Luscombe Phantom
Страна: США
Год: 1934


Two-seat cabin monoplane
Описание:
Luscombe Phantom, Luscombe 4 и Luscombe 8
Flight, September 1935
AN ALL-METAL LIGHT MONOPLANE
Фотографии

Luscombe Phantom, Luscombe 4 и Luscombe 8

В 1933 году Дон Ласкомб создал в Канзас-Сити, штат Миссури, компанию "Luscombe Aircraft Engineering Company", первой продукцией которой стал самолет Phantom - подкосный высокоплан, имевший цельнометаллическую конструкцию и неубирающееся шасси с хвостовым колесом. Самолет имел весьма комфортабельную внутреннюю отделку с расположением кресел по два в ряд и оснащался двигателем Warner Super Scarab мощностью 145 л. с., который обеспечивал самолету максимальную скорость 270 км/ч. Высокая стоимость при достаточно высоких летно-технических характеристиках ограничили спрос на самолет Phantom всего 25 машинами. Но компания такую ситуацию предвидела, и в 1938 году появился более дешевый вариант Luscombe 4 (Model 90). Новая машина имела компоновку, сходную с Phantom, была дешевле в производстве и оснащалась двигателем Warner Scarab Junior мощностью 90 л. с. Впрочем, активного интереса к самолету не возникло - было построено менее 10 машин.
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Flight, September 1935

AN ALL-METAL LIGHT MONOPLANE
Details of the American Luscombe Phantom Seen at Heston: Side-by-Side Seating and Interesting Equipment

  AT Heston last week operators and pilots were waxing lyrical or critical concerning an all-white high-wing monoplane with Swiss registration markings which had been brought in by M. Tschudi. This machine, which is distinctively Monocoupe lines, was interesting them not so much because of its all-metal construction but because of its unusually adequate standard equipment and of its very com<...>ing interior upholstery.
  Much things as navigation lights and landing lights had been designed as part of the machine, and the dashboard in front of the side-by-side seating included the usual blind flying equipment as well as a rate of climb indicator and an interesting radio set which could be tuned in to either broadcasts, weather <…>rts or radio beacons - in America. The upholstery and <...>rnal fittings were well up to the standard of those in a <...>d car, and the view from either of the seats was extremely <...>d over the short cowled radial engine. The roof of the cabin was almost entirely transparent, and even the leading edges of the wing had been faired into the screen with mica<...>ions.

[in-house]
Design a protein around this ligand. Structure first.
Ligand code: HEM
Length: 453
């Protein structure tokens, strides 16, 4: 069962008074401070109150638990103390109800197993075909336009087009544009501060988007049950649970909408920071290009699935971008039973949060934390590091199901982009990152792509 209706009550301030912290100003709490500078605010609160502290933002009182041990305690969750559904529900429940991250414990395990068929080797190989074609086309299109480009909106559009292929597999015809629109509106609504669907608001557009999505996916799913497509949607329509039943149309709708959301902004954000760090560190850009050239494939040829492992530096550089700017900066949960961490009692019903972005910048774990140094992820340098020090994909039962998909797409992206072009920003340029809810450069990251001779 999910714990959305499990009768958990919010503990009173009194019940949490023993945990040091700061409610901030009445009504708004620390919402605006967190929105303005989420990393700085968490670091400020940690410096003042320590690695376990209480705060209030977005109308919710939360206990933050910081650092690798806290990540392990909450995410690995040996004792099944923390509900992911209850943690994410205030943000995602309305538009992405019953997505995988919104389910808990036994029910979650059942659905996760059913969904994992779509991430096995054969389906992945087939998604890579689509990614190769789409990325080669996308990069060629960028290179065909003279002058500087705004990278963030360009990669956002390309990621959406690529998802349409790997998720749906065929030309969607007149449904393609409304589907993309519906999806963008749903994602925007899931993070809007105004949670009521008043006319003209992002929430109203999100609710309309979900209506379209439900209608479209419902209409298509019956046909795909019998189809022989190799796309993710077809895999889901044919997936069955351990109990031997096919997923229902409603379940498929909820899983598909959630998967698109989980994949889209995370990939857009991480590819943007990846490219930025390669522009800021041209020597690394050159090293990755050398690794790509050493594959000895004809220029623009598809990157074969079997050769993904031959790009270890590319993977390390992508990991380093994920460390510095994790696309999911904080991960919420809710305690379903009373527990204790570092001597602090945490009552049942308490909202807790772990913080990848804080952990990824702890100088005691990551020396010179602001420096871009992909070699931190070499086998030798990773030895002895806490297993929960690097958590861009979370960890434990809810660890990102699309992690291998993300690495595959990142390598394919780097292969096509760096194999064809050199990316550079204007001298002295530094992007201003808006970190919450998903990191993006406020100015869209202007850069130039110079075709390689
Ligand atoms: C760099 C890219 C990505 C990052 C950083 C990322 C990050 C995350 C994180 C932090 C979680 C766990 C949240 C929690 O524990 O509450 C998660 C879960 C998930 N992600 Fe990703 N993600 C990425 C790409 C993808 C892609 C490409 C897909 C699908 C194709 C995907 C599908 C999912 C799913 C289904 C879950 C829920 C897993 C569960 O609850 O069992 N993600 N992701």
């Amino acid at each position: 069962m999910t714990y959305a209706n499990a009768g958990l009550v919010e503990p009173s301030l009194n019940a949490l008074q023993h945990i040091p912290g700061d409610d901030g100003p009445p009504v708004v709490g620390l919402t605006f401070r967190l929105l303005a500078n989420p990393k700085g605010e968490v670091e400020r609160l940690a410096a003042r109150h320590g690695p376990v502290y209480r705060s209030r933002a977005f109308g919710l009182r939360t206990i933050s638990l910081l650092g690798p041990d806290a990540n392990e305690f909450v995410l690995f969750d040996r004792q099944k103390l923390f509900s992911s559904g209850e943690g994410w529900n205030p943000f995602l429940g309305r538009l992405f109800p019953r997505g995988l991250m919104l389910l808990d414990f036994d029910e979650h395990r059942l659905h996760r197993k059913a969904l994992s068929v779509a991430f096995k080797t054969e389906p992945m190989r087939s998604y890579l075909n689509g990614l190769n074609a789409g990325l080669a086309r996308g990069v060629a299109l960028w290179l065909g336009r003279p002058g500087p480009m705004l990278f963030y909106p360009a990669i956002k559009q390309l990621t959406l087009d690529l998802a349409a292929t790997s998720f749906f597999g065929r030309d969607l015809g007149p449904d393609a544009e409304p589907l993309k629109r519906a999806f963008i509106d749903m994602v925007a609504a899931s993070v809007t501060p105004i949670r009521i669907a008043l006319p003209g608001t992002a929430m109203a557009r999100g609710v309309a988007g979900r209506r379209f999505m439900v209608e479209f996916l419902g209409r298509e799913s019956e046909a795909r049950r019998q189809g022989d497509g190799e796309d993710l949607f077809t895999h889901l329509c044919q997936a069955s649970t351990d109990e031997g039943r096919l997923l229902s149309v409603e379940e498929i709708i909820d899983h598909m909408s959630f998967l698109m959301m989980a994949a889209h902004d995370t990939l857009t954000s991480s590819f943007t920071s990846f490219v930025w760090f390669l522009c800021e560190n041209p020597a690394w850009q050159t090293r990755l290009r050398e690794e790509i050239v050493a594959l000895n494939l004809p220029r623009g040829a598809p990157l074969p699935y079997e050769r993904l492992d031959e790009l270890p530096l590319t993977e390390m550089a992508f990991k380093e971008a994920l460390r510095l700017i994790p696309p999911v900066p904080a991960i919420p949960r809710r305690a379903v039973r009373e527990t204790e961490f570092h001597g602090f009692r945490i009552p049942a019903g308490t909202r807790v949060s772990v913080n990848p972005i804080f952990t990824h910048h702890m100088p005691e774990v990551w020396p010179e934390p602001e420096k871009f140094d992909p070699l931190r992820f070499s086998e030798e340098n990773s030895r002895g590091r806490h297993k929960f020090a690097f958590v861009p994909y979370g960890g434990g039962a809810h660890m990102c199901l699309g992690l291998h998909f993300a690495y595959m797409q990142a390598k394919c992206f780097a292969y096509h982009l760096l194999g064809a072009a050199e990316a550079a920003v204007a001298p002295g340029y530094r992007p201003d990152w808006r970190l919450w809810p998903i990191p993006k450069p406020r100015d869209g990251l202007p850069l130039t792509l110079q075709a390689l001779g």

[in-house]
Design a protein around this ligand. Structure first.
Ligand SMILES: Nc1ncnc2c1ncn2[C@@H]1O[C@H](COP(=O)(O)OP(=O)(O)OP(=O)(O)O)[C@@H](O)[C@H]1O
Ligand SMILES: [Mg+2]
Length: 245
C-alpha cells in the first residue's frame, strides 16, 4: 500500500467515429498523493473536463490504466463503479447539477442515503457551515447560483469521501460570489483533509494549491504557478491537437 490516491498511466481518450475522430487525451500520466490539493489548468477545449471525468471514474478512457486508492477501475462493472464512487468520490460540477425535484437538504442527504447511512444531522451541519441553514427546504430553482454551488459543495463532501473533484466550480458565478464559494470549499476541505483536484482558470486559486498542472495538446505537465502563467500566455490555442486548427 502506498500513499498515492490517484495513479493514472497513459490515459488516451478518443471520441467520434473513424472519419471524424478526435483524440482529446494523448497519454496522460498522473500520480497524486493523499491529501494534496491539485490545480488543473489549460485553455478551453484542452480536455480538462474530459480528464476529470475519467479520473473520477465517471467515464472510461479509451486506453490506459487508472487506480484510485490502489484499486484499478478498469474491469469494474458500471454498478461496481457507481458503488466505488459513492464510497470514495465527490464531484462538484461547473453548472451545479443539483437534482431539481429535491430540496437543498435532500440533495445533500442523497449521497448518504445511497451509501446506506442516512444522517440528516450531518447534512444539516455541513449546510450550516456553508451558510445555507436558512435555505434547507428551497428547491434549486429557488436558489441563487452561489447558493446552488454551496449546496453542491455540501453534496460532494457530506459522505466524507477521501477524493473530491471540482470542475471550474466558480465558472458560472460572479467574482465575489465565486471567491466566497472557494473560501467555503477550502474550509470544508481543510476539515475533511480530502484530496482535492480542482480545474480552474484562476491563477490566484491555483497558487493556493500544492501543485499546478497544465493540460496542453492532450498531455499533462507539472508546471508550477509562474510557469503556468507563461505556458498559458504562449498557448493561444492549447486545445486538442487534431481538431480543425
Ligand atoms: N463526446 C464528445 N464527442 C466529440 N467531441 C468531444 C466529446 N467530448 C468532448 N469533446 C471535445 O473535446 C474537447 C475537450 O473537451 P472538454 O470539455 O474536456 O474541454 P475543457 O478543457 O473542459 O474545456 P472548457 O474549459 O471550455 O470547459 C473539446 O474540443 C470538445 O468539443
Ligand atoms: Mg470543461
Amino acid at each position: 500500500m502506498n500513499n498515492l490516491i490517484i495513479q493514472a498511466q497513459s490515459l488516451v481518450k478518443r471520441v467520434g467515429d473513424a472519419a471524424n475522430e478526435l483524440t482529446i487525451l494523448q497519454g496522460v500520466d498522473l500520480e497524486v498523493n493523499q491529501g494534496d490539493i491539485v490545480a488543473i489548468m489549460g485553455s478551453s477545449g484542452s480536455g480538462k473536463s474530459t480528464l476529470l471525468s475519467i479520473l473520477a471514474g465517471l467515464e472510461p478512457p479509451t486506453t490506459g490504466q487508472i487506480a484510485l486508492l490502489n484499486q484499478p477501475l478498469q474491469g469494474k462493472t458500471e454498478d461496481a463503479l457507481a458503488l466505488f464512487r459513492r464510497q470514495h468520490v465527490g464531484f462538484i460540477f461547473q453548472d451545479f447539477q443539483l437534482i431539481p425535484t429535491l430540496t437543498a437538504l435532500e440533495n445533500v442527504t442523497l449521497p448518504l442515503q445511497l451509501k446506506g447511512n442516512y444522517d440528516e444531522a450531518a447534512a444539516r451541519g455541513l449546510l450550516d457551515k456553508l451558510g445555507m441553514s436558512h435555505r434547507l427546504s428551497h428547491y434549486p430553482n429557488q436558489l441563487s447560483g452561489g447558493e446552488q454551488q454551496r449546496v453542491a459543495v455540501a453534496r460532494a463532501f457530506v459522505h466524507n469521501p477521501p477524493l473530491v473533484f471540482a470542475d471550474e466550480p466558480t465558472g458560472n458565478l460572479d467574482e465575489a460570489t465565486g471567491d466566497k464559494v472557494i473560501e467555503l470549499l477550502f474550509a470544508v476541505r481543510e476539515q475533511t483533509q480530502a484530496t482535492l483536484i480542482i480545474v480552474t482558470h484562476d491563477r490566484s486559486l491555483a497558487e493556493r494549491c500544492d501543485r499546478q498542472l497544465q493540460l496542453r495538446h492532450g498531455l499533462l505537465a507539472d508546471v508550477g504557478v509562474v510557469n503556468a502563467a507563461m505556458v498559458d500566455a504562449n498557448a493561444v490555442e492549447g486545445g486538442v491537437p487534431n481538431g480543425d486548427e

This machine, the Phantom, is a product of the Luscombe Aeroplane Development Corp., of Trenton, N.J. It is of metal construction and was designed, in fact, by Mr. Don Luscombe, who was responsible for the Monocoupe series.

Specialist Assembly

  Having determined that the conventional method of aircraft construction was too costly, the Luscombe company decided to restrict its activity to the assembly of parts manufactured by specialist firms. The machine being of metal construction, it was necessary only to have the dies manufactured and any stamping concern could then stamp out the various parts. These stampings are delivered to the Luscombe factory, where they are heat-treated before use.